Enclosing your project, the pursuit continues
December 10, 2011 7 Comments
In a previous post, I discussed my journey to enclose my projects. I have been thinking about this question for a while. Recently I developed my serial LCD keypad backpack, specifically to make the difficulty of creating a user interface goes away. Now it needs to be mounted. So I devised a plan to create a physical user interface with appropriate project box for LCD projects. Here is a finished picture, not too bad, right?
Here is a list of materials needed:
- Box enclosures brand enclosure from allied electronics
- Optional rubber protective boot
- 4*4 membrane matrix keypad
- 16X2 character LCD
- Optional serial LCD keypad backpack
- Some screws, nuts, and standoffs
Here is a list of tools needed:
- Dremel handheld rotary tool (includes a small cutter and a few abrasive disks)
- A couple of drills (1/16 and 1/4 inches or 1mm and 3.5mm)
- Utility knife or just a cutter
- LCD printout
- Screw driver
My choice of enclosure has an advantage:the enclosure has a 9V battery compartment :). If you decide to not buy my serial LCD keypad backpack, then there will be 20 wires between the front panel and inside the box, 8 for the keypad, and 12 for the display. You may want to use a ribbon cable or jumper wires. If you do get the backpack, you only need 4 wires instead of 20 plus the programming is much easier with the backpack. So your choice.
Cutting and drilling:
First, get a precise layout of your display including the PCB boarder, screw hole and size, and display area. I suggest you print it out on paper or draw it on paper. Make sure you check the actual display instead of solely relying on the spec sheet, which could be different from your display.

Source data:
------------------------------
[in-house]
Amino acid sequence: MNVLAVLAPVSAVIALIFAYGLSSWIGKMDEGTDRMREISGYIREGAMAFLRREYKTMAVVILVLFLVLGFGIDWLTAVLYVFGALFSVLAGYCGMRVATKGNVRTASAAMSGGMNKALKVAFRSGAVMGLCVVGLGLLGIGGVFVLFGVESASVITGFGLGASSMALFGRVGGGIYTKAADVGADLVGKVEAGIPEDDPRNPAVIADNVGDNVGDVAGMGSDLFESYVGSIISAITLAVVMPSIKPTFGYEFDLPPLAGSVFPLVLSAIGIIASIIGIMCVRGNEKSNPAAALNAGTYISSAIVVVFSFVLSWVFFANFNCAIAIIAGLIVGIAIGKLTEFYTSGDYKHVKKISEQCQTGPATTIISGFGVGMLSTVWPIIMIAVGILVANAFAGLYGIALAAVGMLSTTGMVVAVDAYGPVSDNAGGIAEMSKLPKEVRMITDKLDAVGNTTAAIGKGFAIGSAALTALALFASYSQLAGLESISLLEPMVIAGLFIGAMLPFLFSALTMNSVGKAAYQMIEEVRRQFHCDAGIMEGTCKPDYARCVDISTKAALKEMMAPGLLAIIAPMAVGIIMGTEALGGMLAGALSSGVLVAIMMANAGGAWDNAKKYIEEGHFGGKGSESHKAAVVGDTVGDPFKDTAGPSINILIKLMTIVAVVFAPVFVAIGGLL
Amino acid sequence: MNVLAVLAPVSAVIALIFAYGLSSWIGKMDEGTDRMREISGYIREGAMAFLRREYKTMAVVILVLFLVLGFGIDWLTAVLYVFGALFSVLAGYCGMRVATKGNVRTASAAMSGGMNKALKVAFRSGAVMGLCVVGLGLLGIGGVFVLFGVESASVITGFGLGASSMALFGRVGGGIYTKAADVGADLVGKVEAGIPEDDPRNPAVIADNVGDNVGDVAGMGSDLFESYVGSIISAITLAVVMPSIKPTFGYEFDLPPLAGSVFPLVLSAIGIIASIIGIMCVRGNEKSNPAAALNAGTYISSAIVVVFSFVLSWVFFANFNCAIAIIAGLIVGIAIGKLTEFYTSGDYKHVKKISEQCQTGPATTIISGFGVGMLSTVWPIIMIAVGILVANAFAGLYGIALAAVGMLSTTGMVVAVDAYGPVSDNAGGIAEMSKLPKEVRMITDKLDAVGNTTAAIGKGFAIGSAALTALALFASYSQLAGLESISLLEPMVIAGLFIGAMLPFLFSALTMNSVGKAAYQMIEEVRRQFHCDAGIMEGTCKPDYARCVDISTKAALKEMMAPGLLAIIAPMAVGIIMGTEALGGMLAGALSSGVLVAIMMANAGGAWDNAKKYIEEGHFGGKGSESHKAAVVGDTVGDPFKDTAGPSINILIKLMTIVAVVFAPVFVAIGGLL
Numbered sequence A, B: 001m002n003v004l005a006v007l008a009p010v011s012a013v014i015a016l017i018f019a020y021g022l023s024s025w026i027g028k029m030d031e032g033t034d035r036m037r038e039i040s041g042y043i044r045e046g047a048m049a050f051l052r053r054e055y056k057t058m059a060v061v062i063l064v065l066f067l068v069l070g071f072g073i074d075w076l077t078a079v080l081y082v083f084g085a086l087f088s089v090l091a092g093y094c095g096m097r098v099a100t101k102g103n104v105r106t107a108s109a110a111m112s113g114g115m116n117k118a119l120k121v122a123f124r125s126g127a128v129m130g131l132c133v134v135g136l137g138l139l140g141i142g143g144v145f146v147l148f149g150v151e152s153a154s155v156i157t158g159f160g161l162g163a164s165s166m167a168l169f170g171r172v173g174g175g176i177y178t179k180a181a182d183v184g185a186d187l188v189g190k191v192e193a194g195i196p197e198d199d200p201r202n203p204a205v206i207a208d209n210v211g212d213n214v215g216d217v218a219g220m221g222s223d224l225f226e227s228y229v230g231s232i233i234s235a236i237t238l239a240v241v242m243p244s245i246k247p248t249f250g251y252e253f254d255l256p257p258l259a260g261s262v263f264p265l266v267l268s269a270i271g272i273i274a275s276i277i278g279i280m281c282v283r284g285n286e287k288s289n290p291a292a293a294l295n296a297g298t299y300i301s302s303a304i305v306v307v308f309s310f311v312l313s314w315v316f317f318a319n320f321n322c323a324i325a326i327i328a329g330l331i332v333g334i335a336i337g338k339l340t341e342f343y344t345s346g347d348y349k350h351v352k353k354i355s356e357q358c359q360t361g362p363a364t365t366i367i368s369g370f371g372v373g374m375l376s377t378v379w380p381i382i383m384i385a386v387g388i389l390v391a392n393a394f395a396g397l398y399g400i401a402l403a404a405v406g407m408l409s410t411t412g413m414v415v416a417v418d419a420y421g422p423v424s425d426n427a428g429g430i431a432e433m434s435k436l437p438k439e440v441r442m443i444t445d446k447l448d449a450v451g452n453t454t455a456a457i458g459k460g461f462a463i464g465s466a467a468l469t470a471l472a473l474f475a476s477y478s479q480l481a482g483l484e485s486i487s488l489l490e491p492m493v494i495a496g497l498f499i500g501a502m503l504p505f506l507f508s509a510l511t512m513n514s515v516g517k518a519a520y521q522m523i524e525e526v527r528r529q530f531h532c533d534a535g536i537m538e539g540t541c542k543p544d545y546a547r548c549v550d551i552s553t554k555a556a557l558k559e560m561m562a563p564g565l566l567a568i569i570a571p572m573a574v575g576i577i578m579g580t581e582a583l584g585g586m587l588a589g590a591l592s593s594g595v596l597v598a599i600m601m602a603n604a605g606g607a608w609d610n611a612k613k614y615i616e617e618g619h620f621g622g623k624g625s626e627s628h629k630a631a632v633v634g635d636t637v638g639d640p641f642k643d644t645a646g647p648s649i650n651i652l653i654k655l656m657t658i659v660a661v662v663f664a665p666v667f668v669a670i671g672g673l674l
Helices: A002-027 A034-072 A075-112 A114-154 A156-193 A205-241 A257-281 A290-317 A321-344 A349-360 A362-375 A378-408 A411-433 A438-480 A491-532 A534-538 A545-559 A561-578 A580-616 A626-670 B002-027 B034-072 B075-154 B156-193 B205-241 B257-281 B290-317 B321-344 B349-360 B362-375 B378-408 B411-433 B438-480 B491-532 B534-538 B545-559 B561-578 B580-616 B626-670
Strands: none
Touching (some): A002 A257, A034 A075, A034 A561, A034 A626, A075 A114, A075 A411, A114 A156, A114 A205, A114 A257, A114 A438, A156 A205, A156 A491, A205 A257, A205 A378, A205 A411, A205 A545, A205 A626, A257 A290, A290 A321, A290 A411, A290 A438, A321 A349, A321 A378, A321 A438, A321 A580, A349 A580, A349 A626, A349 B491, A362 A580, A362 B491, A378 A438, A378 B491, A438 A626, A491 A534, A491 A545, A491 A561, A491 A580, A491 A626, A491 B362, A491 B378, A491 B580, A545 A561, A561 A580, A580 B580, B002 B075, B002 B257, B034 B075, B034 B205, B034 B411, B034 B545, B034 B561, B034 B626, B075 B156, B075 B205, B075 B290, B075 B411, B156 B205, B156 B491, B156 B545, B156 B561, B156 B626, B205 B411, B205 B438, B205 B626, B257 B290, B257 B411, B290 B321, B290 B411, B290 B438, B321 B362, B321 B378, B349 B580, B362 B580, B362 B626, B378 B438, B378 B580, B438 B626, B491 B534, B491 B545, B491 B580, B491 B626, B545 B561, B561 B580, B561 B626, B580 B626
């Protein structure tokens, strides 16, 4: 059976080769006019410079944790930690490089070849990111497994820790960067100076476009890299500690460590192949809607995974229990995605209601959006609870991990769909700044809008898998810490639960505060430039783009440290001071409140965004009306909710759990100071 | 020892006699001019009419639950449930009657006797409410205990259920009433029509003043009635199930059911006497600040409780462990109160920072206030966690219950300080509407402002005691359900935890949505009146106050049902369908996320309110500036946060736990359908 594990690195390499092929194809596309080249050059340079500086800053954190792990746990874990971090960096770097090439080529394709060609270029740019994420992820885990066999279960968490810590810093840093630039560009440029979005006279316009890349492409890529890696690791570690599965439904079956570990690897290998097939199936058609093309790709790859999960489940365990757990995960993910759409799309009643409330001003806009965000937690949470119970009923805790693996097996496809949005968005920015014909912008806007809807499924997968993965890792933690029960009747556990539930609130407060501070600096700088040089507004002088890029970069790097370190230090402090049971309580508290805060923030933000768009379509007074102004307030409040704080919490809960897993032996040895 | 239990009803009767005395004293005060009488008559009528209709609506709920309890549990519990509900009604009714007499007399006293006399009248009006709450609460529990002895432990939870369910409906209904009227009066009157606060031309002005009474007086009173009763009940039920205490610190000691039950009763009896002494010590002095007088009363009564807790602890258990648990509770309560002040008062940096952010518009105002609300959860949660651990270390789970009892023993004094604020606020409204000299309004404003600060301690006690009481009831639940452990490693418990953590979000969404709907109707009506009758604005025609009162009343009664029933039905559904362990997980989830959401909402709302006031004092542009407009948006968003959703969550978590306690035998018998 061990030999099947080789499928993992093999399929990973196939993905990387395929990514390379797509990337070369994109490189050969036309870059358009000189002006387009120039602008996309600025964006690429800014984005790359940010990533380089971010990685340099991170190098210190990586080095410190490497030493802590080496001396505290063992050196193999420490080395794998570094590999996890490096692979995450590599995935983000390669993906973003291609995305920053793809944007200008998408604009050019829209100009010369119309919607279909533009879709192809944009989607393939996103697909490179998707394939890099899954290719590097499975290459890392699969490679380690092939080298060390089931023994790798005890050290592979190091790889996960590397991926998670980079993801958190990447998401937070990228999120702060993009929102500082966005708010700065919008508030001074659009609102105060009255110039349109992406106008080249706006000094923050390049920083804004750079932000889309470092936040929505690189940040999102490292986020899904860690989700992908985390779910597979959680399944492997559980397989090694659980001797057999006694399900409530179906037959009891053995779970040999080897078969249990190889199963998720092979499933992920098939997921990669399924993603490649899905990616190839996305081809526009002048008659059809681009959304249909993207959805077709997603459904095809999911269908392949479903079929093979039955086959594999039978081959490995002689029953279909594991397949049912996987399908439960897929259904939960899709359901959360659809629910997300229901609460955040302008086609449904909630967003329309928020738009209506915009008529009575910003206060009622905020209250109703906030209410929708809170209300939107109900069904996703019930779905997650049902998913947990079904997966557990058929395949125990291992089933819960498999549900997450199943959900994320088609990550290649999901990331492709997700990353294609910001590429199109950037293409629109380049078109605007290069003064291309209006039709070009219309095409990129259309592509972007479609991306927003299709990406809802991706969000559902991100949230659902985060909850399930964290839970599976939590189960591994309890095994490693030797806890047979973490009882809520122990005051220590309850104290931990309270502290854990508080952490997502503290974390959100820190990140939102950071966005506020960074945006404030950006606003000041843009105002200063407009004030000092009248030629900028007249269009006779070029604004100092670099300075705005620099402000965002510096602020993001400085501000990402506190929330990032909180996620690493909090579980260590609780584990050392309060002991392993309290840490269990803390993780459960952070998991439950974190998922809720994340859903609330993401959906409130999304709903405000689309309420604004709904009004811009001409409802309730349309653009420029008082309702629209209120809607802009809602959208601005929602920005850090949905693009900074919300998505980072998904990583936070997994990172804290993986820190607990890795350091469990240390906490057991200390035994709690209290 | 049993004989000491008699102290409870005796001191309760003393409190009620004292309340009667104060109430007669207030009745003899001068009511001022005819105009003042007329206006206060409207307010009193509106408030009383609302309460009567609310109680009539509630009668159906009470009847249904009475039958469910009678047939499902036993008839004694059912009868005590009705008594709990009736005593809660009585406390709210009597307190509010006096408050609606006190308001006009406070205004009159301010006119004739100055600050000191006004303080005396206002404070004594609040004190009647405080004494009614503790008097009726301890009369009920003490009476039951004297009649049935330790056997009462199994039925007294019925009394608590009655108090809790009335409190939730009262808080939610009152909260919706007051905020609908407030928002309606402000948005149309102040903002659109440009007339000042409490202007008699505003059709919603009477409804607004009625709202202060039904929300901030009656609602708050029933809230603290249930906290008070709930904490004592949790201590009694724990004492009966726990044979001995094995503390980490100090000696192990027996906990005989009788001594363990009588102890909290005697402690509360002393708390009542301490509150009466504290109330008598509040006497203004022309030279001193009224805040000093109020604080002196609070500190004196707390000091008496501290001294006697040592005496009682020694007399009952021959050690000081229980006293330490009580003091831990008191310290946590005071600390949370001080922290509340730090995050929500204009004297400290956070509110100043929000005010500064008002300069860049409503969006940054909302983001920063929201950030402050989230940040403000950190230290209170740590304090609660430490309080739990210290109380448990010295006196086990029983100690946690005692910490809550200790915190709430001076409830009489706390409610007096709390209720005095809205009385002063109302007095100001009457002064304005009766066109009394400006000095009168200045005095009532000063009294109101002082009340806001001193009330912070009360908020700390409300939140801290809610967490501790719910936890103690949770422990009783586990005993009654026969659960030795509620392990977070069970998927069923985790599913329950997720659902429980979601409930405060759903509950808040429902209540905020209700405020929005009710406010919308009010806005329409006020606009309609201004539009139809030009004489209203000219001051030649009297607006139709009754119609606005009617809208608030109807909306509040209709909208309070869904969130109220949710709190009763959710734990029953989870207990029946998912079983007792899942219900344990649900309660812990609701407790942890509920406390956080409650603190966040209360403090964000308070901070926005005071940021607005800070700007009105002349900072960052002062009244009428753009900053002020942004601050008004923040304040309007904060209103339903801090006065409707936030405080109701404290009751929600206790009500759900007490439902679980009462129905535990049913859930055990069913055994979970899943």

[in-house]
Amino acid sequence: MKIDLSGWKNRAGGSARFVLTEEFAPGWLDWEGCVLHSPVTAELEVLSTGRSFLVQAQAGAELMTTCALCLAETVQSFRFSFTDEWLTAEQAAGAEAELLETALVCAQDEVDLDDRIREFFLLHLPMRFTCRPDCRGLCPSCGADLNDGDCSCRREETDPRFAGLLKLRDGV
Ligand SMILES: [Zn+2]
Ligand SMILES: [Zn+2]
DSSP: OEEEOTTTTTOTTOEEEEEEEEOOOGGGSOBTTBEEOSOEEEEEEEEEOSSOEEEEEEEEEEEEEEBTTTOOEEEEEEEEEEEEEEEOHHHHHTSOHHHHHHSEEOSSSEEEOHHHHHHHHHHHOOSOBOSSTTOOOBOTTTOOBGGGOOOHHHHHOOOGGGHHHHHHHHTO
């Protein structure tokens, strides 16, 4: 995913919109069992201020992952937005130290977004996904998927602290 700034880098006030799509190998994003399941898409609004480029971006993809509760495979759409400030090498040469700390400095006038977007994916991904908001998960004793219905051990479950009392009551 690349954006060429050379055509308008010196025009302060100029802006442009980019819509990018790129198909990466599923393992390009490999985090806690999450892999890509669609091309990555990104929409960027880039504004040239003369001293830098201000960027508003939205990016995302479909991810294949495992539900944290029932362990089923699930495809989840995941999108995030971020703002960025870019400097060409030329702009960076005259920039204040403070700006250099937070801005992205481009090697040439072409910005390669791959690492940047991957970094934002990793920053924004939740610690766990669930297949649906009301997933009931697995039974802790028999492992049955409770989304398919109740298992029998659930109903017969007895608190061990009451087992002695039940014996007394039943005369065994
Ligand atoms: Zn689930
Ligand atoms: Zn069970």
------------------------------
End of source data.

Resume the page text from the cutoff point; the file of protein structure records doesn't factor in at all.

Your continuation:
If you got the serial LCD backpack, you can download this file and print it out. Cut out one display diagram. Read this spec sheet, maybe it’s the same as yours so you can also use this file. Whatever way you get the layout, use double sticky tape and secure it symmetrically on the front of the enclosure, leaving some space above it, maybe 1/4 inch or 6mm.
Now use the dremel abrasive disk and carefully cut along the inner rectangle, or the dimension of your display’s viewable area, not the entire black frame. You want to be careful not to over cut. You can try to cut from the under side to help you remove the window. Once you’re done cutting, use a knife to free the four corners.
I messed up the top edge of the box a bit by getting the spinning chuck too close to the edge. No big deal. Now you can use the dremal cutting tool to cut the four corners. Here is the under side.
Now use the smaller drill bit to drill guidance holes at the screw holes. Then use the proper drill bit to open the hole up for your screws.
Now remove the printout and excess material. Mount the LCD to see how it looks like.
Here is the back side:
See the standoff on the enclosure? That is why you don’t want to cut the window too high.
A closeup on how I mounted the display:
Basically from top to bottom: nut, display PCB, standoff, then screw on the other side.
Now cut a slot at the bottom of the box top to allow the membrane keypad connection to pass inside the box:
Just don’t cut too low. Leave about 0.5 inch or 12 mm.
Then carefully remove the backing of the membrane keypad. Pass the connector through the slot and stick the keypad on to the box:
Tada! A good-looking box that you can use for anything! I am planning to add a GPS module inside of it and run a GPS logger with it. Please see the phi-2 shield page for the GPS project code.
Now the under side:
As you can see, the connector comes back up to about the bottom of the LCD. This way you can connect the LCD serial back pack easily without stretching the cable.
Later I will add an LCD backpack to the box. The box has enough space to hold a full-size Arduino UNO and some other stuff, plus a 9V battery compartment so you are all set for an exciting project.
If you don’t have an LCD backpack, I suggest you solder a female header on the back side of the LCD so you can run simple jumper wires between the LCD and arduino. For the potentiometer and LCD resistors, solder them inline. Also use jumper wires to connect the keypad to arduino. You will only have 4 free arduino pins left. Total of 20 arduino pins – 2 serial programming pins – 6 LCD pins – 8 keypad pins = 4 pins left.